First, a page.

The clinician’s attitude and language are particularly important. The patient must be treated with respect at all times. Stigmatizing or discriminatory language must be avoided whether it is related to race, gender, psychiatric diagnosis, or substance use.10 Whenever possible, treatment program policy and procedures must avoid degrading or penalizing patients. Limit setting must be realistic and appropriate, yet guided by these affirming principles. If urine toxicology testing is required, the results must be used to guide treatment and identify needed services—never to penalize patients. Discharge from treatment should be the absolute last alternative.
The options for recovery and continued access to needed services are always the most important criteria. Even if a patient’s behavior makes it impossible to retain them in their current treatment situation, every effort should be made to transfer them to an alternative program that can better accommodate their needs.
The BUMC Psychiatry Program
In the Boston University Medical Center (BUMC) general psychiatry program, we have developed an experience in addiction psychiatry that is designed to provide these opportunities. It has been recognized as a model for reversing stigma and encouraging psychiatry residents to seek out opportunities to treat patients with SUDs and cooccurring mental health problems. All third-year psychiatry residents are assigned to the VA dual-diagnosis outpatient clinic for 20 hours a week for the full year. This continuity clinic is followed by a fourth-year 4 hours per week, with continued rotation in the same setting; the residents are therefore able to follow this group of patients for a potential 2 years of treatment. Typically, treatment begins after an inpatient admission for medical withdrawal treatment; the residents then treat both the SUD and any other cooccurring psychiatric problems for the next 2 years.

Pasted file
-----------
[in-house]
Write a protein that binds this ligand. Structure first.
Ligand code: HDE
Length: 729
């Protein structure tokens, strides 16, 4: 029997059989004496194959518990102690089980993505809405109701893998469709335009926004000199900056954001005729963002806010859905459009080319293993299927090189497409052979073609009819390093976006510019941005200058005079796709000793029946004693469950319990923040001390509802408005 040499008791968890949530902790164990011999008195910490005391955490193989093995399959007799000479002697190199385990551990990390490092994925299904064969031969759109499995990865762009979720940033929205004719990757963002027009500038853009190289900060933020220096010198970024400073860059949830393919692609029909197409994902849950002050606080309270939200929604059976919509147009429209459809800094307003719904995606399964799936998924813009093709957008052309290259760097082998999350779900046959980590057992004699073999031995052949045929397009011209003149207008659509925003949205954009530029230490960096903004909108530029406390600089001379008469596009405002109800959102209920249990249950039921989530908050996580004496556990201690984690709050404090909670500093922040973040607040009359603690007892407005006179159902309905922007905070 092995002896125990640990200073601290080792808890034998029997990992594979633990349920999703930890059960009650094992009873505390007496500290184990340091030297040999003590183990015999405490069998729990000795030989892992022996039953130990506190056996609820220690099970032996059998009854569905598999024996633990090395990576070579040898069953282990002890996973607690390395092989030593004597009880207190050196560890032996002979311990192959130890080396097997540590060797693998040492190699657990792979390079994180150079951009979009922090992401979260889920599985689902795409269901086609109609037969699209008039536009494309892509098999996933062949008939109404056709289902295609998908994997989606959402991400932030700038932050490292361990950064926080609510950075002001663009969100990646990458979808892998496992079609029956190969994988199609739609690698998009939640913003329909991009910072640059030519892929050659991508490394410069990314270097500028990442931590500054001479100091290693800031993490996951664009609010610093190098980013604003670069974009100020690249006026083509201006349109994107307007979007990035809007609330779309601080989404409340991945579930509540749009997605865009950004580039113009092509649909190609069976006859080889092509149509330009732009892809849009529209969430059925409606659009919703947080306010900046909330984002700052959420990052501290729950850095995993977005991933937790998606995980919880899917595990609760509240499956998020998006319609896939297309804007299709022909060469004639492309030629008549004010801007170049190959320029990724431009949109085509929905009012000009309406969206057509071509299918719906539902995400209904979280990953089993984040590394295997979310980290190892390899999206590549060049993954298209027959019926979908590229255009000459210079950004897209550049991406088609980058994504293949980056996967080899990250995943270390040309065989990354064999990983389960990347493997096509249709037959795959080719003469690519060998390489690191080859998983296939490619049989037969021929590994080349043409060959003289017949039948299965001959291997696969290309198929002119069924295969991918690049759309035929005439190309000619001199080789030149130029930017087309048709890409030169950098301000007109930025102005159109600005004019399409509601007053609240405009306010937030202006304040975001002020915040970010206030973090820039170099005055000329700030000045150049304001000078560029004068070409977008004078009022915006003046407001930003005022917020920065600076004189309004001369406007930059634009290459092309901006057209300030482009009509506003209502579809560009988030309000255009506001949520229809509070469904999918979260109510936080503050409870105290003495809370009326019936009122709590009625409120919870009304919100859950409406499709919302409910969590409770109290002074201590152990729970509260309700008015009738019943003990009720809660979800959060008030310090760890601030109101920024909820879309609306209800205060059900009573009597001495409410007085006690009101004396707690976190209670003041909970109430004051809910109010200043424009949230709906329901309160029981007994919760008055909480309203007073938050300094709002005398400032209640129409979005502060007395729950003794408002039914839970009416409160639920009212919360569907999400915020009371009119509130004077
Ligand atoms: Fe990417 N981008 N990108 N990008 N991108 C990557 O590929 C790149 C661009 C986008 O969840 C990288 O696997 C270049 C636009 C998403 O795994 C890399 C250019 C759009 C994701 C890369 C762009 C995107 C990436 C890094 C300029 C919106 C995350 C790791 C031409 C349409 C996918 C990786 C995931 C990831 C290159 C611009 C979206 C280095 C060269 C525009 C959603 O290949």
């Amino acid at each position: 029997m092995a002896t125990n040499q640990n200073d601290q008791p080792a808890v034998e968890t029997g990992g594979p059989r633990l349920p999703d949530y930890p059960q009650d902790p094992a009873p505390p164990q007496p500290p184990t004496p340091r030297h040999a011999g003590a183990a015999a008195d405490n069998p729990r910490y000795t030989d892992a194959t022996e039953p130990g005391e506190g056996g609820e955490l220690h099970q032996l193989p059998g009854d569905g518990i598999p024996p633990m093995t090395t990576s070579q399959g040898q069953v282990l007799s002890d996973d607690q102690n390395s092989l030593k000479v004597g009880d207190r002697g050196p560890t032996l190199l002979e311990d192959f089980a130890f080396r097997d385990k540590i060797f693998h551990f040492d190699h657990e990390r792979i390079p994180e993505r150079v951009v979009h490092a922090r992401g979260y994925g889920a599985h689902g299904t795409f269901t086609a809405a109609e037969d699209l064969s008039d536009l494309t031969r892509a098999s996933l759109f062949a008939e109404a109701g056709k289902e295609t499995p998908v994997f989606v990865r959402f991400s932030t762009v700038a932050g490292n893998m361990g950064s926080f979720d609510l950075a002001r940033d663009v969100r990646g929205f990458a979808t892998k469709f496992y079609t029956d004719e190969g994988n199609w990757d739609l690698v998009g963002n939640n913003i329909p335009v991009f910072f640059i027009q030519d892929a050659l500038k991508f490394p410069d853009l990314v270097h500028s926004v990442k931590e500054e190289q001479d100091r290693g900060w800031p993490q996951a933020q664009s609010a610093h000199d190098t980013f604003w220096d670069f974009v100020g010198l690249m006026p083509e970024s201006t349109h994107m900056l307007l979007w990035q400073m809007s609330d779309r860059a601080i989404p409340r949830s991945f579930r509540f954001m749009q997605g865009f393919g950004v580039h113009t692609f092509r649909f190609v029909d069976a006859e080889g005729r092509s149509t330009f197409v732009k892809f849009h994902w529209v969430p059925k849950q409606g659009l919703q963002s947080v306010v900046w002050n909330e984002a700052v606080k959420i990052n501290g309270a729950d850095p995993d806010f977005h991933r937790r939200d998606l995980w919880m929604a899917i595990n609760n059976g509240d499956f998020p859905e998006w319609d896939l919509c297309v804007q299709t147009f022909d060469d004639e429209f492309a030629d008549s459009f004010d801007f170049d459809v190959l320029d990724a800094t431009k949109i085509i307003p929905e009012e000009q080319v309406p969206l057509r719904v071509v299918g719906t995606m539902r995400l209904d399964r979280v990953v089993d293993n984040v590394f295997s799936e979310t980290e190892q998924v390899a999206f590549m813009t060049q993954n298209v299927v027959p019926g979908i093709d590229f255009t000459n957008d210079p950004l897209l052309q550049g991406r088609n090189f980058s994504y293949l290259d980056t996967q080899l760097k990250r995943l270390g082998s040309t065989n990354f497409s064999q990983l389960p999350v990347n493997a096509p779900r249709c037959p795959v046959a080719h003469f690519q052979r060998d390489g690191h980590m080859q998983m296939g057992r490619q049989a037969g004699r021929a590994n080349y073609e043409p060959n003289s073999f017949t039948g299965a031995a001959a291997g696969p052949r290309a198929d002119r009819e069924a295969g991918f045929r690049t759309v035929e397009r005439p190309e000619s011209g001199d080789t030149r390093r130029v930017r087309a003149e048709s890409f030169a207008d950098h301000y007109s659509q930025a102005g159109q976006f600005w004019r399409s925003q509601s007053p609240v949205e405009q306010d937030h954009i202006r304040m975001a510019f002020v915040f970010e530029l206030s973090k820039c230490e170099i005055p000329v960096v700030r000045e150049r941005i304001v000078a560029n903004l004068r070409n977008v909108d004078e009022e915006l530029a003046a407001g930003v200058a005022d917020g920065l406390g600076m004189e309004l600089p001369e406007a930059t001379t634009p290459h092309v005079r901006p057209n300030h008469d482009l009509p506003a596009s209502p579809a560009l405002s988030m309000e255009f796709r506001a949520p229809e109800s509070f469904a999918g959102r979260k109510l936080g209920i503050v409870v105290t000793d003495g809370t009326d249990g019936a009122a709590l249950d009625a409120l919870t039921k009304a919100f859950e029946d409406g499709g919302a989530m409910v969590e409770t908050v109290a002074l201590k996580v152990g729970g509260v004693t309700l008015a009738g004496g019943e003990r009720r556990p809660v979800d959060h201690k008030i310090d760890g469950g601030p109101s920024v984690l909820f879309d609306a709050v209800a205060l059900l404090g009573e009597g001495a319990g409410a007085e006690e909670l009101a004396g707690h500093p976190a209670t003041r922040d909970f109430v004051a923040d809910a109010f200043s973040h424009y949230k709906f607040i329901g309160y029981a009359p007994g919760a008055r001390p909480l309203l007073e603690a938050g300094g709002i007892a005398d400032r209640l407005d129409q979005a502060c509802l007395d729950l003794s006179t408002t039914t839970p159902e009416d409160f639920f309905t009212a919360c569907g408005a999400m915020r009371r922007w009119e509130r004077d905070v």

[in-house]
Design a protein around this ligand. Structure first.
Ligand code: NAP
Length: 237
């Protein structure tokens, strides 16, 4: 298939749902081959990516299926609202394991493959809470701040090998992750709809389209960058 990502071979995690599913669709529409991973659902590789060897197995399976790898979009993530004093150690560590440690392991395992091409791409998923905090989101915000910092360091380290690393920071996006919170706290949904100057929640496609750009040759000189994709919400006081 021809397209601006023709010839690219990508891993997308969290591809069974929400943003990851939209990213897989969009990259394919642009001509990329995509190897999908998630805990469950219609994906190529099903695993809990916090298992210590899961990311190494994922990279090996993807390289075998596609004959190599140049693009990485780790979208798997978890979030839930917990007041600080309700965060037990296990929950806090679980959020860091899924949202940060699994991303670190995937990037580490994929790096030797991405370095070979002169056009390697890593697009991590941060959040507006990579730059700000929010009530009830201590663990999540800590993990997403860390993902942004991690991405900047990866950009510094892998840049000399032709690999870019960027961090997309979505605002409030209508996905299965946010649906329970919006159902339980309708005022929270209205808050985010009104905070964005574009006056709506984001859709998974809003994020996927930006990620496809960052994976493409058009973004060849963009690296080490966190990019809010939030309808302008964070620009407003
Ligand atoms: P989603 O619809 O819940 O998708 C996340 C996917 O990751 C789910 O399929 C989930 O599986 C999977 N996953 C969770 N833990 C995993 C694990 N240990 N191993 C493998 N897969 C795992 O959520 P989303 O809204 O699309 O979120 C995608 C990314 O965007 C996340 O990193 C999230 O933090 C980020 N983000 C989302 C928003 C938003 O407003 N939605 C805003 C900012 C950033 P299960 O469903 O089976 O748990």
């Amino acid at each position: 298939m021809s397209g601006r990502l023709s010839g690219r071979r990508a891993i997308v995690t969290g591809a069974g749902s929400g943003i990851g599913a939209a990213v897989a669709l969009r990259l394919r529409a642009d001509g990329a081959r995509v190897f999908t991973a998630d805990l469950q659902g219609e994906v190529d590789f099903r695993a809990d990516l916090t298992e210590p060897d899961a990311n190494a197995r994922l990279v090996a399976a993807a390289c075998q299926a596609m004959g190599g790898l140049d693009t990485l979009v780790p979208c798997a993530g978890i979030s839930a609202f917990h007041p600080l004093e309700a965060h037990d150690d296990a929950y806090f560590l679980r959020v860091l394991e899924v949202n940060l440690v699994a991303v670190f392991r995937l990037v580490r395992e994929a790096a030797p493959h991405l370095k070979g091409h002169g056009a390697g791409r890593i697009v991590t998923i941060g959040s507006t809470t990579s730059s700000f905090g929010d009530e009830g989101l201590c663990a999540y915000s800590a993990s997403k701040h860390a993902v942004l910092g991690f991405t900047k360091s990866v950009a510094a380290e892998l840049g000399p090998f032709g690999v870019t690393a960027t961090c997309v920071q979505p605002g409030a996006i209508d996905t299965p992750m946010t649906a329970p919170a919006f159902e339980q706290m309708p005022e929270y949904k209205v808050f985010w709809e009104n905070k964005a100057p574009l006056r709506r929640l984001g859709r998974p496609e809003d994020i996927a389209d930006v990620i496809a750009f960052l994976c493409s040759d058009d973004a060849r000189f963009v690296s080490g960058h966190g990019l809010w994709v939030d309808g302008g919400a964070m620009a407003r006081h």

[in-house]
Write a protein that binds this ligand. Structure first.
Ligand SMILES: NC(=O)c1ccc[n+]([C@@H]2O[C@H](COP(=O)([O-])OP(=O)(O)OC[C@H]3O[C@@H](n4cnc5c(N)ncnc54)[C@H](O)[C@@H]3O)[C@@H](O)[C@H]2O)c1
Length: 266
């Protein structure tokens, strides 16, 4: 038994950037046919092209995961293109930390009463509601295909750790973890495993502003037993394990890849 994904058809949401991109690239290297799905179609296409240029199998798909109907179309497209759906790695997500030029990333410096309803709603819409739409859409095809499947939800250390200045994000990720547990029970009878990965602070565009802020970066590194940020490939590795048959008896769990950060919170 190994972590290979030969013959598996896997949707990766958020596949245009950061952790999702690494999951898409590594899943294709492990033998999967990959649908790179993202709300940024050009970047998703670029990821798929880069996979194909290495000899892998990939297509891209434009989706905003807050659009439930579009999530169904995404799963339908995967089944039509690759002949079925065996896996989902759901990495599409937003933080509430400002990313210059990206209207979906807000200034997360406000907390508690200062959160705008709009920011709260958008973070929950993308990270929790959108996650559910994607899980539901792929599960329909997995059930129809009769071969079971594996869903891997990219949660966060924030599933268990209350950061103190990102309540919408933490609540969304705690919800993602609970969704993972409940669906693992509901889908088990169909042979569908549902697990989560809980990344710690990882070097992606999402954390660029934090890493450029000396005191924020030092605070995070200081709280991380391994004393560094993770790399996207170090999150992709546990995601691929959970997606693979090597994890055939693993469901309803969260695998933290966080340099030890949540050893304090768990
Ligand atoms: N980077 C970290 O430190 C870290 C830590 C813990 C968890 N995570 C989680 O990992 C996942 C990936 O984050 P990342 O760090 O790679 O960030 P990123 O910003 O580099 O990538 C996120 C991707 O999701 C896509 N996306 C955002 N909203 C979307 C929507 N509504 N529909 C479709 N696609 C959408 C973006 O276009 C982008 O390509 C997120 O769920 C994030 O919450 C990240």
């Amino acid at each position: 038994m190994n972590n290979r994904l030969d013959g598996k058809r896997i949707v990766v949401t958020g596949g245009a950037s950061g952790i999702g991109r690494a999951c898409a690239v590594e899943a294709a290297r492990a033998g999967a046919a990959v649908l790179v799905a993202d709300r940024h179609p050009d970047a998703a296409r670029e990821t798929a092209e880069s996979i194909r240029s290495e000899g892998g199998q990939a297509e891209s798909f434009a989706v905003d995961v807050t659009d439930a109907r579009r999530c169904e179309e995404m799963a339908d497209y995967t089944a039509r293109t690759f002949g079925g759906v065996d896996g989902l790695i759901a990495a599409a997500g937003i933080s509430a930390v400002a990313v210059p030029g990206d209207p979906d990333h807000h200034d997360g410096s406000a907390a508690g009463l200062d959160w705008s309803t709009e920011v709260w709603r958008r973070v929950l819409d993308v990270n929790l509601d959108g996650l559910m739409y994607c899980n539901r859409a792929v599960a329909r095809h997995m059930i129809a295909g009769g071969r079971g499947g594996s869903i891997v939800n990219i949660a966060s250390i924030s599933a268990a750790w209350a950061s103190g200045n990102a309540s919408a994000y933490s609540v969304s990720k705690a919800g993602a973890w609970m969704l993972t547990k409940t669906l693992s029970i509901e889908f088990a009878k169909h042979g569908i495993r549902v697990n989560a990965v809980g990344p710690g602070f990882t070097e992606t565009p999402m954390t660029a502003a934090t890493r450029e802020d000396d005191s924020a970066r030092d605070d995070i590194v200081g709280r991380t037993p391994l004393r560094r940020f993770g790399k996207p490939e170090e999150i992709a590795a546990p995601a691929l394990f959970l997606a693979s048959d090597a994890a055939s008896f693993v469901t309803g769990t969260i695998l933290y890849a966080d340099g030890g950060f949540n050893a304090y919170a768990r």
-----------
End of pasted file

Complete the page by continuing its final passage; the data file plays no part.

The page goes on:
As the patients progress in their recovery, the frequency of visits is typically tapered from 2 or 3 a month to once a month in the fourth year. Residents have the opportunity to follow patients through any early relapses and into stable recovery. During the third year, there is a robust didactic curriculum for 2 hours each week. This includes case presentations, patient interviews, a wide range of seminars in SUDs and addiction pharmacotherapy, and introductions to the basics of CBT and MI.13
At the end of this experience, the residents not only have become comfortable treating patients with the full range of common outpatient psychiatric disorders—they have also become comfortable working with patients with all the common SUDs including OUD, alcohol use disorder, stimulant use disorder, and cannabis and tobacco use disorders. As they get to know their patients well, the discomfort and stigma that often characterized their first patient contacts has been replaced with caring and often enthusiasm for working with this population. They learn the high level of clinical effectiveness of methadone and buprenorphine and come to appreciate the clinical enthusiasm that characterizes addiction clinicians.2
Anna, and many patients like her, can engage and be successful in treatment with psychiatrists and other mental health professionals who demonstrate compassion and recognize their own biases. Stigma impacts the way individuals with cooccurring SUDs and psychiatric disorders engage in the mental health system. As demonstrated by the BUSM general psychiatry residency program, any outpatient psychiatry clinic can be adapted to both successfully treat dual-diagnosis patients and help address the stigma that often characterizes the treatment experiences of these patients.
Dr Renner is a professor of psychiatry at Boston University. Dr Durham is clinical associate professor of psychiatry and pediatrics at Boston University School of Medicine.